Published On: January 17, 2024
Written by: Ben Atwater and Matt Malick
The US Federal Reserve has waged a two-year war against inflation. A primary weapon in its arsenal is short-term interest rates, specifically the fed funds rate. As the Fed repeatedly hiked the fed funds rate, yields on money market funds and savings accounts followed suit. Investors took advantage of higher money market and savings rates to park their cash. Money market fund assets currently sit at a record $6.143 trillion.
Most investors need a certain amount of cash reserves as an emergency fund. But many savers have been content with attractive 5%+ money market yields, socking away cash that they might otherwise invest for longer term goals.
As terrific of a deal as short-term rates are right now, we think investors are getting too complacent with this “trade.”
It is important to remember that money market and savings account rates are variable. When the Fed reverses course and starts cutting the fed funds rate, deposit rates will also drop. With headline inflation subdued, the “fed funds futures” market currently reflects a 69.5% probability that the Fed will start cutting rates in March.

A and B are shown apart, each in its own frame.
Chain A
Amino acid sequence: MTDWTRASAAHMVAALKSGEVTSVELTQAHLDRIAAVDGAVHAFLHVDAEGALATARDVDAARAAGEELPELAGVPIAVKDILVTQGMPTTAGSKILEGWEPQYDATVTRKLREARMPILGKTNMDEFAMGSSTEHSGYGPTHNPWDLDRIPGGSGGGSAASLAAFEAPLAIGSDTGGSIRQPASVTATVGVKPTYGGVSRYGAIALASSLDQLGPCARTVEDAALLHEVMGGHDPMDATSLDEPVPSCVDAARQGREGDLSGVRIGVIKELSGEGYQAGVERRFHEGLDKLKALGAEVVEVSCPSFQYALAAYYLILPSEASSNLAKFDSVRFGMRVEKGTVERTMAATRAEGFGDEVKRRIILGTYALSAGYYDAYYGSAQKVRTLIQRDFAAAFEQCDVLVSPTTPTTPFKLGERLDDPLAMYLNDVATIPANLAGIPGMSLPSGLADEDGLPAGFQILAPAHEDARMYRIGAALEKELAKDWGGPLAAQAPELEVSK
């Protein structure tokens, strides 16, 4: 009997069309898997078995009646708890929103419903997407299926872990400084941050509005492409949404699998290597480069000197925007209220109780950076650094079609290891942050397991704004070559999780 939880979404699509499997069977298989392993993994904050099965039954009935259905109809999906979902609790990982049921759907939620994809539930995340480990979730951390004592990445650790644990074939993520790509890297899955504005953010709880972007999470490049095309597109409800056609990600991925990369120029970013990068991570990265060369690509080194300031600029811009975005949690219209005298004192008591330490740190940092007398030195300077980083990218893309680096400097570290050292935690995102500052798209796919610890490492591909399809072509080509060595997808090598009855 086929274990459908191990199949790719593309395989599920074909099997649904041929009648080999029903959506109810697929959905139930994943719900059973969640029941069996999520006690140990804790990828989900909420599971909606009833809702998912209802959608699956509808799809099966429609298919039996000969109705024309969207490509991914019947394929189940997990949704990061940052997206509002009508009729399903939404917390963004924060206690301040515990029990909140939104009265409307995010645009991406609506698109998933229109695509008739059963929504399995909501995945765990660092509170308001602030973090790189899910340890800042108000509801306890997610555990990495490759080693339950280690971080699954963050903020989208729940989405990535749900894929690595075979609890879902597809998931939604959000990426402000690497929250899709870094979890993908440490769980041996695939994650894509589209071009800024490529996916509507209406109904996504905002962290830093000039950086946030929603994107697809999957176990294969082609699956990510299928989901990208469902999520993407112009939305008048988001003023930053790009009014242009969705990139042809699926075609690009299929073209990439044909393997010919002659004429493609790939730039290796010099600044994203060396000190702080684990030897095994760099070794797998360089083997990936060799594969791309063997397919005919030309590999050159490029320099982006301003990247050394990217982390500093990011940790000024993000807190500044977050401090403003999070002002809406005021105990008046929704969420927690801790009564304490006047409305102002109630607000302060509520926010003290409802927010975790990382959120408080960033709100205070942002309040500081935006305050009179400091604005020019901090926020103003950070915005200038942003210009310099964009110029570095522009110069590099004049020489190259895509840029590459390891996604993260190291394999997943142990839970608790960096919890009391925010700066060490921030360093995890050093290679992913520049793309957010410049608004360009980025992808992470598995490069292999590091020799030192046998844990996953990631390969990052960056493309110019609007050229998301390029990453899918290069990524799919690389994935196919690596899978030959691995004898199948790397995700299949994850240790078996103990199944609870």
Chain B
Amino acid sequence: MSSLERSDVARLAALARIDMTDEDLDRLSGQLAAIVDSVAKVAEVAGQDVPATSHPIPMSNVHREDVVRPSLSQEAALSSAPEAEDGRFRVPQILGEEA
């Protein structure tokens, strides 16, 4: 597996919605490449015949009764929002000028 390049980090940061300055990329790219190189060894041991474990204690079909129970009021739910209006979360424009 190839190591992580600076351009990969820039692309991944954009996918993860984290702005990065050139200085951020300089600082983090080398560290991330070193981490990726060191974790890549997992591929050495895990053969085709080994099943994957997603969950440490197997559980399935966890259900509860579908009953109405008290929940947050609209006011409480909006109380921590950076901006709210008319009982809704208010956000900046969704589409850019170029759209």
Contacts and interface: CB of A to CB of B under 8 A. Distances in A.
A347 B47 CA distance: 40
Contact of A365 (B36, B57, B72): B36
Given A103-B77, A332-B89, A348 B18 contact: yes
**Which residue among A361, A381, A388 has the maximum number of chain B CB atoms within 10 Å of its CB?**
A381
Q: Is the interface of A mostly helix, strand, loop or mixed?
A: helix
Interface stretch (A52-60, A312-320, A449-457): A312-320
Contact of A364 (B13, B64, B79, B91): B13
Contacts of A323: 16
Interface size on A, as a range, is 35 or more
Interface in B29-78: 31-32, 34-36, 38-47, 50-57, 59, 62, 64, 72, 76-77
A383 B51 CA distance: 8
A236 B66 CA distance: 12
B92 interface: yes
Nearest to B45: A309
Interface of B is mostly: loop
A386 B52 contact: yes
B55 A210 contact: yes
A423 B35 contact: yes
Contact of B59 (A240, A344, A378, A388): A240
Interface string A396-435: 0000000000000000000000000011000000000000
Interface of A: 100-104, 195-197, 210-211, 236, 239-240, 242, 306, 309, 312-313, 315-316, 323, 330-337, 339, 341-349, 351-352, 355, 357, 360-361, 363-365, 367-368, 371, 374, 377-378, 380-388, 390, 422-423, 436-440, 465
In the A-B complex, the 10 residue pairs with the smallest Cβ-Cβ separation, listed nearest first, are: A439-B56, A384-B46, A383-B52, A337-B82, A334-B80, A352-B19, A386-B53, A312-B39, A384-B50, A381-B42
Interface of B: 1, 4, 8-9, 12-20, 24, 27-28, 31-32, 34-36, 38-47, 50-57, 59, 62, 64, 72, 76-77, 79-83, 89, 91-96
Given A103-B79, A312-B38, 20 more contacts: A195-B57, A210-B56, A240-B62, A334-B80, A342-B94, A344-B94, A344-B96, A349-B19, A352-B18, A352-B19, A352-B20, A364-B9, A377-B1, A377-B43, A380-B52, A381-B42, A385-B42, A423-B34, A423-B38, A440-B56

Investors with more cash than they need for their emergency funds would be wise to consider their longer-term financial goals.
Treasuries across the yield curve currently pay less than many money market funds but they still yield more than 4%. And if the Fed starts loosening the reins this year, yield will surely be harder to find.
A marked decline in interest rates also has the potential to boost stock prices, which becomes increasingly likely if investors grow impatient about stalling equity prices.
Sentiment, whether it be about cash, bonds or stocks, can shift quickly and it is best not to be where everyone else is.
If you would like to discuss the ideal level of cash reserves in your personal situation, and the best way to redeploy these funds to better reflect your long-term goals, please do not hesitate to contact us.